July Marks National Minority Mental Health Awareness Month
Millions of Americans suffer from mental illness. For racial and ethnic minorities in the U.S., however, barriers to treatment and recovery persist, making the need for mental health support all the more urgent.
The American Psychiatric Association reports “the U.S. population is continuing to become more diverse. By 2044, more than half of all Americans are projected to belong to a minority group (any group other than non-Hispanic White alone).” National Minority Mental Health Awareness Month highlights the unique struggles minorities face to receive adequate mental healthcare in the United States. It is important to recognize these struggles to best serve the communities of Ventura and Santa Barbara counties here at Camino a Casa. Minorities, including but not limited to the African-American, Native American, Hispanic, and Asian/Pacific Islander communities, face unique challenges regarding their own mental health and that of their children.
Ventura County is no stranger to this phenomenon. According to the Ventura County Star, the 2020 census shows “the county’s Black population grew by 1.1% to a total of 15,330, Asians by 17.1% to 64,923 and Pacific Islanders by 4.9% to 1,723.” DataUSA states, “The most common foreign languages spoken in Ventura County, CA are Spanish (243,198 speakers), Tagalog (Incl. Filipino) (14,116 speakers), and Chinese (Incl. Mandarin, Cantonese) (7,711 speakers).” This increase in Ventura County’s diversity, as well as across the country, speaks to the growing need of culturally competent mental healthcare for minority groups.
Top Five Challenges Facing Minorities
- Community challenges: many minority communities struggle with accepting mental illness. This harmful stigma can be a result of cultural, historical, or societal influences. For example, some communities believe that discussing mental illness shows weakness or is disgraceful. Because of this, adults are less likely to seek out mental healthcare or arrange for mental healthcare for their children.
- Personal challenges: Some minorities, as a result of their community challenges, may not feel the need to access mental health services and believe treatment may be ineffective.
- Access to Healthcare: minority communities may lack the resources to receive adequate mental healthcare for themselves and their children, including but not limited to: health insurance, transportation, and funding.
- Inadequate Healthcare: Many minority communities lack access to culturally-sensitive healthcare professionals. This can include access to a healthcare professional that speaks a patient’s language and understanding the patient’s culture.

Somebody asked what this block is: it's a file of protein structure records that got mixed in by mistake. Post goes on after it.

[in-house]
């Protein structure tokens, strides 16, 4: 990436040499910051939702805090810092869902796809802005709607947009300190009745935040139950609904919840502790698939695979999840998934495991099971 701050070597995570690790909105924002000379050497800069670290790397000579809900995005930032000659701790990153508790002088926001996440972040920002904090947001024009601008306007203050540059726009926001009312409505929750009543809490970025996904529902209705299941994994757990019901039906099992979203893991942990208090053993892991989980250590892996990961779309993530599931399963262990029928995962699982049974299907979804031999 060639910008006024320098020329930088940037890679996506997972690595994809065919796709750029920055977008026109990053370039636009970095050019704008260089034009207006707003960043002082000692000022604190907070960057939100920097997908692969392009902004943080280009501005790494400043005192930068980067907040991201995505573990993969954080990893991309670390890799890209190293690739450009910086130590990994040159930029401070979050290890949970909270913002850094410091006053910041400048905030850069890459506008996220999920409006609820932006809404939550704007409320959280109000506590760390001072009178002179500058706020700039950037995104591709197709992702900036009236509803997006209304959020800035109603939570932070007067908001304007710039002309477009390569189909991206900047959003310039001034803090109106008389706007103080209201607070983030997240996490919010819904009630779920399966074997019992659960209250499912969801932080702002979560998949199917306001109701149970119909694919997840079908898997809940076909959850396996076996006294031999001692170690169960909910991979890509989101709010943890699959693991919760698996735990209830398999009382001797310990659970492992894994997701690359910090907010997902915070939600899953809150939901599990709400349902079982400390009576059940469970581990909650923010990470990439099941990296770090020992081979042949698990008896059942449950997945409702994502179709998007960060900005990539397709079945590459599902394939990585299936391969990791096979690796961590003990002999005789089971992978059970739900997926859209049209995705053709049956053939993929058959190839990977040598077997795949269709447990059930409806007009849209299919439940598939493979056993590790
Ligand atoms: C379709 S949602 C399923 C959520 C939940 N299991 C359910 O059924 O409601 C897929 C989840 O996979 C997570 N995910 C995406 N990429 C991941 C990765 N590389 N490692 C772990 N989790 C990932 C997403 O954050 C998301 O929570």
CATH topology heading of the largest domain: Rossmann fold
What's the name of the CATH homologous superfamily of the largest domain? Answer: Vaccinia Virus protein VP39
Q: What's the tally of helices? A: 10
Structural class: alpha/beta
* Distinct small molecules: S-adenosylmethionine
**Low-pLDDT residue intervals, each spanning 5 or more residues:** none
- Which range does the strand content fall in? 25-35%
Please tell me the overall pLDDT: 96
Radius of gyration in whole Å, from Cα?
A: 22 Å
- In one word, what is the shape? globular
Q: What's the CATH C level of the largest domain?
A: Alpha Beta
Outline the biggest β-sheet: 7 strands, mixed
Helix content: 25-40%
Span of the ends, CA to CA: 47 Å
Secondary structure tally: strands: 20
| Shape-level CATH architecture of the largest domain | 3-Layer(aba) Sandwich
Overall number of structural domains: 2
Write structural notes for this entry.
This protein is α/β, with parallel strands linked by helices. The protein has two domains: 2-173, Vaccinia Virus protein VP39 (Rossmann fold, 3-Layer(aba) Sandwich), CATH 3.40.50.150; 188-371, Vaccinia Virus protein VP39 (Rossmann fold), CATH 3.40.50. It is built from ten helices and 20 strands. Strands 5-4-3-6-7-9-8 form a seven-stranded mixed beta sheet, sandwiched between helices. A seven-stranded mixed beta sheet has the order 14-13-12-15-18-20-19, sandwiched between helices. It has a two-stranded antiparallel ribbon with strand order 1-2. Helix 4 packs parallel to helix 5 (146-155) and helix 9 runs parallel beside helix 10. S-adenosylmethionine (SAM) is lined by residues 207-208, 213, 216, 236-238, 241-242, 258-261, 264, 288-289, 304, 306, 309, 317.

- Negative Experience: A negative experience, such as a healthcare professional dismissing symptoms or denying needed medication, means minorities are less likely to seek out adequate healthcare.
How Camino a Casa Serves the Community
Camino a Casa staff are competent in the communal, cultural, religious, and diverse needs reflected in the community. Staff have a significant understanding of the diverse accessible, culturally appropriate, innovative, and affordable resources that address the needs of both the youth and their family members. Serving a high percentage of Latino families, Camino a Casa utilizes bilingual staff to engage Spanish-speaking families to ensure families are offered services in their preferred language. We approach our clients with a great sense of cultural humility, never assuming we know what’s best for the youth or family. Camino a Casa’s service philosophy of “whatever it takes” – taken from the core principles of the Wraparound model and extended it to all community-based programs—ensures youth and families receive the best care possible.
If you observe signs and symptoms of a mental health struggle in your child or teen, call our admissions team today for a free and confidential screening at (805) 366-4000. Camino a Casa offers mental health services at all levels of care – we’ll work together to find the right option for you.
Varela, B. J. (n.d.). 2020 Census: Ventura County grows more diverse, following national trend. Ventura County Star. Retrieved July 12, 2022, from https://www.vcstar.com/story/news/2021/08/21/2020-census-ventura-county-grows-more-diverse-following-national-trend/8198510002/
Ventura County, CA | Data USA. (n.d.). Datausa.io. Retrieved July 12, 2022, from https://datausa.io/profile/geo/ventura-county-ca/#demographics
Zein, M.D., M.P.H, M. (2017). Mental health facts for diverse populations – psychiatry.org. Mental Health Disparities: Diverse Populations. Retrieved July 12, 2022, from https://www.psychiatry.org/File%20Library/Psychiatrists/Cultural-Competency/Mental-Health-Disparities/Mental-Health-Facts-for-Diverse-Populations.pdf